#320

Excellent point!

As you note one workaround is don't reuse addresses— always good advice and here it doesn't have to be "phased out" in general but just by participants— but it's always better to be secure even if software is used dumbly.

I can suggest a trivial protocol addition that solves this without making the CJ transactions distinguishable or degrading privacy, but my solutions have some overhead. I'm curious if anyone can come up with a better way of doing it that doesn't have the overhead.

The general idea is that the merging party can just make a list (blindly) mapping their inputs to outputs, give the list to all players, and commit to the list so that all players know they got the same list.

Here is how it works:

The merging party makes a list with an entry for each output in the transaction. The entries have a nonce provided by each user either when they provide their input (or submitted their blindsigned tokens if blind signed tokens are in use). When they ask the users to sign they give the users the list and the users check and see that they are the credited party for every output they think they should be. Because they are just nonces they don't deanonymize users.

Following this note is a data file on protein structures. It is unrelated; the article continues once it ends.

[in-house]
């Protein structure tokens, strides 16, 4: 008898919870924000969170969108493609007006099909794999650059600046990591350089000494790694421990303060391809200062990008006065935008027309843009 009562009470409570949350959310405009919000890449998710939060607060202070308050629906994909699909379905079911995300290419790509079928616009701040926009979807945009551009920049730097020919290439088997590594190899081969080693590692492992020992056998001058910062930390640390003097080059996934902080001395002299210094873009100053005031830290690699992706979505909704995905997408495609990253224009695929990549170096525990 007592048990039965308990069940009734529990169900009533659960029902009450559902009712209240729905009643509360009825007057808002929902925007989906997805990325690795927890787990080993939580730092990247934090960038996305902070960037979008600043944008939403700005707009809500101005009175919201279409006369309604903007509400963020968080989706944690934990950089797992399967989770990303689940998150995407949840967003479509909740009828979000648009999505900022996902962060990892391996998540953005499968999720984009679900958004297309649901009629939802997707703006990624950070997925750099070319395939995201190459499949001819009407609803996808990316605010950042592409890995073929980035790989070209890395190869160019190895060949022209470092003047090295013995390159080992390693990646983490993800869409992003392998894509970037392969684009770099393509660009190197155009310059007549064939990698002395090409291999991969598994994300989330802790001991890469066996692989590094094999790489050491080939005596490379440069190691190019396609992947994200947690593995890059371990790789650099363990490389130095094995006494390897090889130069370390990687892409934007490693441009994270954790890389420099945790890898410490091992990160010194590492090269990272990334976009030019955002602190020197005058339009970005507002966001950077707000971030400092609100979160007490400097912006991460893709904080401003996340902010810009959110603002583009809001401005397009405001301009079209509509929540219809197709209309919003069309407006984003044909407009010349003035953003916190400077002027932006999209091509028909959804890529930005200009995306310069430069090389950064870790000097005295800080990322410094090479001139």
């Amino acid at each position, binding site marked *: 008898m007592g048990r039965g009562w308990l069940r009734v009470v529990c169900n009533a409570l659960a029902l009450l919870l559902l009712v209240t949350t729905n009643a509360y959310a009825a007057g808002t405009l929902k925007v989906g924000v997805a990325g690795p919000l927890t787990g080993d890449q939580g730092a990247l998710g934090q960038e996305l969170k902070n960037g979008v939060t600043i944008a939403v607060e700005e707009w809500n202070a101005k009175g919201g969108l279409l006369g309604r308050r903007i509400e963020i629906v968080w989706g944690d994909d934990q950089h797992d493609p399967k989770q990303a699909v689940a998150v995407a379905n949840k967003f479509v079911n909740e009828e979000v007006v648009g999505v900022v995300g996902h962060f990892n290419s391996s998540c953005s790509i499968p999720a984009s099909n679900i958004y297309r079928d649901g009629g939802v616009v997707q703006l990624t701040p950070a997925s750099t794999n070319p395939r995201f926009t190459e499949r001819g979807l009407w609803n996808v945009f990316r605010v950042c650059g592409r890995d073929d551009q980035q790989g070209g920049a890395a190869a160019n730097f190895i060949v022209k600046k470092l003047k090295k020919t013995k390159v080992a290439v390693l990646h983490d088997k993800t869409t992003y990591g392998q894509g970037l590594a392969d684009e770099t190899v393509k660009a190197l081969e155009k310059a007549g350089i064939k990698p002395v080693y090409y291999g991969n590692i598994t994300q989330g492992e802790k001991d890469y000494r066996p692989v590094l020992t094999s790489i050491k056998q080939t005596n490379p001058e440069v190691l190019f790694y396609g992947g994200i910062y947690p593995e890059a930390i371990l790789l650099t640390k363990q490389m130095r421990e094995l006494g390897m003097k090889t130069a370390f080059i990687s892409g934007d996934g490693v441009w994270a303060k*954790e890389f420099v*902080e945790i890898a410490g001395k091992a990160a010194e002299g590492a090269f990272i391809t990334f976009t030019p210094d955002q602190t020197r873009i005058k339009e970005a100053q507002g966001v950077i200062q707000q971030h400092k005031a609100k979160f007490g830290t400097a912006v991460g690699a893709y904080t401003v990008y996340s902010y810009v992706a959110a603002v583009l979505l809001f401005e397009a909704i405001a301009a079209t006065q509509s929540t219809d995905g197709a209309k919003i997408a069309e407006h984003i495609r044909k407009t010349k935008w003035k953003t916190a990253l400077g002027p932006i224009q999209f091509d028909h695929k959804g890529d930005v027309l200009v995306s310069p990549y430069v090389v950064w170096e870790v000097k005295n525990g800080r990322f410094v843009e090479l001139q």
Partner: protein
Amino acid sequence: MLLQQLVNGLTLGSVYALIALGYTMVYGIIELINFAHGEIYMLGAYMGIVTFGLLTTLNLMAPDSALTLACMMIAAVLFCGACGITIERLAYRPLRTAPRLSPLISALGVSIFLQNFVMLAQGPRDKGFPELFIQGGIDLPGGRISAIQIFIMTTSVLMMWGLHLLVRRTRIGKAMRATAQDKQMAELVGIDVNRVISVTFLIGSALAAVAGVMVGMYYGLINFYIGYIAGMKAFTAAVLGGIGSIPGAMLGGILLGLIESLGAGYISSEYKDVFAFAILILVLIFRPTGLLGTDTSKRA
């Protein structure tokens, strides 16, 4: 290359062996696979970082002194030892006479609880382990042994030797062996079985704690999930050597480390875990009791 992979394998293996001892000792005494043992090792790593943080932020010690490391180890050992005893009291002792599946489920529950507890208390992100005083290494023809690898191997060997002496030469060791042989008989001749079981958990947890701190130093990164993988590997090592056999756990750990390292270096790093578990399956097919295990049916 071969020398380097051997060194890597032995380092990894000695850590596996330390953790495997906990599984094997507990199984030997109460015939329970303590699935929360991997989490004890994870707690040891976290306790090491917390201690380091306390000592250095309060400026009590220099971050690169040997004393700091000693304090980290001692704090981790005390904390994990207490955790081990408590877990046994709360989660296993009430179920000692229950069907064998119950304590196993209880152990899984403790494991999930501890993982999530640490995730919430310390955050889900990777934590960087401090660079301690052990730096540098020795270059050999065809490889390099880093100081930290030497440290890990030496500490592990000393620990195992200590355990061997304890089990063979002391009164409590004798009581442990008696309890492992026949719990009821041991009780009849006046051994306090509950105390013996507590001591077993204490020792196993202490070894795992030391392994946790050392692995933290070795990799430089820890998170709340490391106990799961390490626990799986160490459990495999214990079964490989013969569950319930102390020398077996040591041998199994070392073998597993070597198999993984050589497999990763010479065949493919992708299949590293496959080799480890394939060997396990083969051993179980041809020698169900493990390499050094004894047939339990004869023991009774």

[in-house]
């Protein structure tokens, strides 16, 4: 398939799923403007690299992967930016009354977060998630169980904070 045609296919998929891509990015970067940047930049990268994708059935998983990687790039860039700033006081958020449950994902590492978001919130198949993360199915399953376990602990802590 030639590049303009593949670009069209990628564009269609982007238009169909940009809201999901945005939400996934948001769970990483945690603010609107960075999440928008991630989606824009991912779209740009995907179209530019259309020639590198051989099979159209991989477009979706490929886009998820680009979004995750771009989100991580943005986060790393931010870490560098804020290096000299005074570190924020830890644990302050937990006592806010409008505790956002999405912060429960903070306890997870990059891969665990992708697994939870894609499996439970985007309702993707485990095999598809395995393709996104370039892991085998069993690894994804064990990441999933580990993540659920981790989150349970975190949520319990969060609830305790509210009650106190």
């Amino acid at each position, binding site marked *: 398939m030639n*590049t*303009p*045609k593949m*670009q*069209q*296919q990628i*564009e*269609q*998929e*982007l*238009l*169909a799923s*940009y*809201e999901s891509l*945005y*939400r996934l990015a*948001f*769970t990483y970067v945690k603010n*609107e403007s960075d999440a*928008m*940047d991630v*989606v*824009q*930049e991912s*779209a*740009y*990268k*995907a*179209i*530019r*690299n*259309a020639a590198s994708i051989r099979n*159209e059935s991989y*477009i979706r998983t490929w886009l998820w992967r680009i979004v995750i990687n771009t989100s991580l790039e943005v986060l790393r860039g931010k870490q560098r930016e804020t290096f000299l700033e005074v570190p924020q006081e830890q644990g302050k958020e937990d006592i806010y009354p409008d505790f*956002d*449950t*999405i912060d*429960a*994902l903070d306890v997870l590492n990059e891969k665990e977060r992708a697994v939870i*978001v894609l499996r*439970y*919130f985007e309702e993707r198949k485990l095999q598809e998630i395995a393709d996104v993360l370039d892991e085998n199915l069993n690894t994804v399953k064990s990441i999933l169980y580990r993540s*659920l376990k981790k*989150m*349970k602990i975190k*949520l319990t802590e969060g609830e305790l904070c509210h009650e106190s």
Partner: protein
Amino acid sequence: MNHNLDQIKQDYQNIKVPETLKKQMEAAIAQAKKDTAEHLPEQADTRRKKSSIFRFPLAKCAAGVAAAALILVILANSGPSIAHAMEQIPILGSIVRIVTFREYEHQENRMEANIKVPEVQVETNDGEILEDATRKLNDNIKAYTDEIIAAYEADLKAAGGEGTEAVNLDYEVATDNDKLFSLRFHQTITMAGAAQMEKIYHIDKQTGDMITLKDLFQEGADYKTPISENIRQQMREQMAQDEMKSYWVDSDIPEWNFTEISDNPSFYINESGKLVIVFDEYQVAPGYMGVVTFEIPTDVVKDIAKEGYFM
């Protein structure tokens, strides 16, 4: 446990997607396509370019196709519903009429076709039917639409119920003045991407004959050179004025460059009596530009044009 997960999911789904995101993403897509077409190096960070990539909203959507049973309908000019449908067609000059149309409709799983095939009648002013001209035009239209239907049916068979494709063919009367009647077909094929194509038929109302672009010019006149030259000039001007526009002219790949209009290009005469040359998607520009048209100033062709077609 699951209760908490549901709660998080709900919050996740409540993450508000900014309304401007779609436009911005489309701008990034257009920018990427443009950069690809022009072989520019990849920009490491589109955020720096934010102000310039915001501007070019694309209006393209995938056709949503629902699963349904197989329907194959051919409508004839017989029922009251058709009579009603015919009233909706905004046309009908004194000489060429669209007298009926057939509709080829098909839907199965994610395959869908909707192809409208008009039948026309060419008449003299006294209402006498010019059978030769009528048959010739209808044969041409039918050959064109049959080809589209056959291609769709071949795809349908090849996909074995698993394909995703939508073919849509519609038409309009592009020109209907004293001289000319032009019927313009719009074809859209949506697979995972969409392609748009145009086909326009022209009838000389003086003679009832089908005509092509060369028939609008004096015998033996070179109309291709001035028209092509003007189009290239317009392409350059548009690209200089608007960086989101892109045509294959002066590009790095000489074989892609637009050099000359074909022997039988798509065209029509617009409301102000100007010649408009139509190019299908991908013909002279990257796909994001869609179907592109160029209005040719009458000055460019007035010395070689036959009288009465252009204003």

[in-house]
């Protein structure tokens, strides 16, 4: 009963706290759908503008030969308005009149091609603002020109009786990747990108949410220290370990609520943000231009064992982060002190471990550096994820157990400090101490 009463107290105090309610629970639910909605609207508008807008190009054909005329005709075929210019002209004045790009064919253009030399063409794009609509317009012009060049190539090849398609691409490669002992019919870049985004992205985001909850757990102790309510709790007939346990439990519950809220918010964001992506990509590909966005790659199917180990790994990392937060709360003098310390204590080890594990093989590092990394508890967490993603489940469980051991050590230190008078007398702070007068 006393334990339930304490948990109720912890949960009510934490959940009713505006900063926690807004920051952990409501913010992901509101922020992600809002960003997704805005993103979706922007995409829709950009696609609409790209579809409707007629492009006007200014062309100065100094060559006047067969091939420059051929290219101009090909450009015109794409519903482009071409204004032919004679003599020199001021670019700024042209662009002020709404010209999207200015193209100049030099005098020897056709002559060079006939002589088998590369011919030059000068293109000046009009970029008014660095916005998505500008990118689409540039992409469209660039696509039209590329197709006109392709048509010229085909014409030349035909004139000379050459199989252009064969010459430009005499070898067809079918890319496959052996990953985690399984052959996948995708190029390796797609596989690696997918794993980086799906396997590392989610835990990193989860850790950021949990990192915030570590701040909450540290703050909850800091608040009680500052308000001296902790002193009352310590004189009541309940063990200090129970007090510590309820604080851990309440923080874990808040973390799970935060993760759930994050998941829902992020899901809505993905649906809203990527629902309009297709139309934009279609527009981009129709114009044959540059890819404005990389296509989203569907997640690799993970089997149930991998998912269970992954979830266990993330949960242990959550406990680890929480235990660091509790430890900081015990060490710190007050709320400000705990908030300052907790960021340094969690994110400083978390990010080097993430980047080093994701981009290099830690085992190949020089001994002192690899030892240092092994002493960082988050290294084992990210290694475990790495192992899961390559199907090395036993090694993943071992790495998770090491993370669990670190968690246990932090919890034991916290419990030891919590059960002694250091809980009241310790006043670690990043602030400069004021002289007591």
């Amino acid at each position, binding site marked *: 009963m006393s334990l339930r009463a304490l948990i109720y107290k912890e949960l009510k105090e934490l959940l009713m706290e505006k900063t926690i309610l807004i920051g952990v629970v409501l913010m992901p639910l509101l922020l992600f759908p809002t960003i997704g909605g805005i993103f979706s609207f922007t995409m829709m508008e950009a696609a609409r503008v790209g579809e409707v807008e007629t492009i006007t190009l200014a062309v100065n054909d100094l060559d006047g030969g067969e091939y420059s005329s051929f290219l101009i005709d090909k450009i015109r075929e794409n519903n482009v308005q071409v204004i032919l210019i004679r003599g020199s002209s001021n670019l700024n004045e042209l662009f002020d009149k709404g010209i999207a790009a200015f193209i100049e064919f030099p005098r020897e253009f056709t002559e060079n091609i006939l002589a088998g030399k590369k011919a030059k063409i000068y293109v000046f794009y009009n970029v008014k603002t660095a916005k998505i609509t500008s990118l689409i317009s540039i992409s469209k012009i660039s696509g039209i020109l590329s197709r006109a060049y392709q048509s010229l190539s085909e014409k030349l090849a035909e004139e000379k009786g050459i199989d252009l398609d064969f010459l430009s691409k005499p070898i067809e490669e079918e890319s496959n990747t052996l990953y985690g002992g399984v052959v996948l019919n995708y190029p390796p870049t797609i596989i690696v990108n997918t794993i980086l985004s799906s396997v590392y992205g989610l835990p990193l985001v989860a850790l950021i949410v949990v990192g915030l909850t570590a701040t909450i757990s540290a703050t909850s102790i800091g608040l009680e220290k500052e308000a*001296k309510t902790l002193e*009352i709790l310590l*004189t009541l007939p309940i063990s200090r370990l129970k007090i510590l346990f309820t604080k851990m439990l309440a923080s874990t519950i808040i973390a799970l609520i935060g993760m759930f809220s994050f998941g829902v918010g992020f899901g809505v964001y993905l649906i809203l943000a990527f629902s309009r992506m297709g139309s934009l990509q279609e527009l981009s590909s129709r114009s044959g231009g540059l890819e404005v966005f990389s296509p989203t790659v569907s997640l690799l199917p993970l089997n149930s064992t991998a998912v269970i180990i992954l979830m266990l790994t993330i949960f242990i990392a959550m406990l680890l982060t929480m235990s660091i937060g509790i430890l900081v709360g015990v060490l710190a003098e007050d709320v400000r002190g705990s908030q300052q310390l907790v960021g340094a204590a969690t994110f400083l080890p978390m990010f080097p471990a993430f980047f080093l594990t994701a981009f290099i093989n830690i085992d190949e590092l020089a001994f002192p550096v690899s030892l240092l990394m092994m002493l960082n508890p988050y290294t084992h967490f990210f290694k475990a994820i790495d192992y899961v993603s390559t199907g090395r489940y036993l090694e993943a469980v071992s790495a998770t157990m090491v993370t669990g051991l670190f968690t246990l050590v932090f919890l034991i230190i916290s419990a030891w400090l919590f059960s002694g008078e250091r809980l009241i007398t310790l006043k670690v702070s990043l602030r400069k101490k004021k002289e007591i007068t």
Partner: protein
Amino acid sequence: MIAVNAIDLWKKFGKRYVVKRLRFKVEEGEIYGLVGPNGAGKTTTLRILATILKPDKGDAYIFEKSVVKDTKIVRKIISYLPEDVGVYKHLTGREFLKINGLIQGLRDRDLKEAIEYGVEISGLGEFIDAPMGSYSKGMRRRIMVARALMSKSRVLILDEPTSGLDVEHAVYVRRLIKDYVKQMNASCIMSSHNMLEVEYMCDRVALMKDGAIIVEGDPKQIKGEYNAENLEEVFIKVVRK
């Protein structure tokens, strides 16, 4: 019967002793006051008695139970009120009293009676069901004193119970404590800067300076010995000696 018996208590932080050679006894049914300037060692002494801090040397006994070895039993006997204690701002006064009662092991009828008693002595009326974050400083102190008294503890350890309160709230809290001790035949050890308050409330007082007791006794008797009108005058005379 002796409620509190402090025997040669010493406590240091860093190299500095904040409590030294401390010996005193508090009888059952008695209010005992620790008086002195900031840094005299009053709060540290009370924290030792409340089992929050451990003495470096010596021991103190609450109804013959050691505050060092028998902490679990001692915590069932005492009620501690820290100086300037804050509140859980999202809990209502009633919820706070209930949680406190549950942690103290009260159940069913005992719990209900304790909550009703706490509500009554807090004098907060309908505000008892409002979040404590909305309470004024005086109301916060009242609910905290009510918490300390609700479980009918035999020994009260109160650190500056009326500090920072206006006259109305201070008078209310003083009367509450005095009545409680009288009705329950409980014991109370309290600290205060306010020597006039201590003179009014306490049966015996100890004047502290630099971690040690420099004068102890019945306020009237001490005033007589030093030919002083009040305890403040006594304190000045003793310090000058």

But to prevent the merging party from giving a different list to each user they must commit to it. I have two way to accomplish that:

The first is that we could require that a particular index in the outputs pay to an address which commits to the list: The merging party computes a new public key as an existing pubkey plus the H(list)*G, like a pay to contract, and a previously designated output pays to the resulting address. Given the list and original public key, everyone can check that that output commits to the same list. (And if two different users are given different lists, their signatures will not be merge-able since they would have signed different outputs).

(This designed output could belong to the merger or players could volunteer to have their output address placed in the designated position and to instead receive their payment at a pay-to-commit address. This is a little lame though, because it requires that there be at least one player that will tolerate receiving coins at a non-deterministic key.)

The second way to commit that I've come up with is to add an additional round to the protocol where you make a dummy transaction modified so that it won't ever be valid, e.g. using the list hash as an addition vin. Everyone signs this transaction and then only once they've seen this commitment signed by all the inputs will they sign the real transaction.

Needing an extra communications round or a non-deterministic output is kinda weak. Can better be done?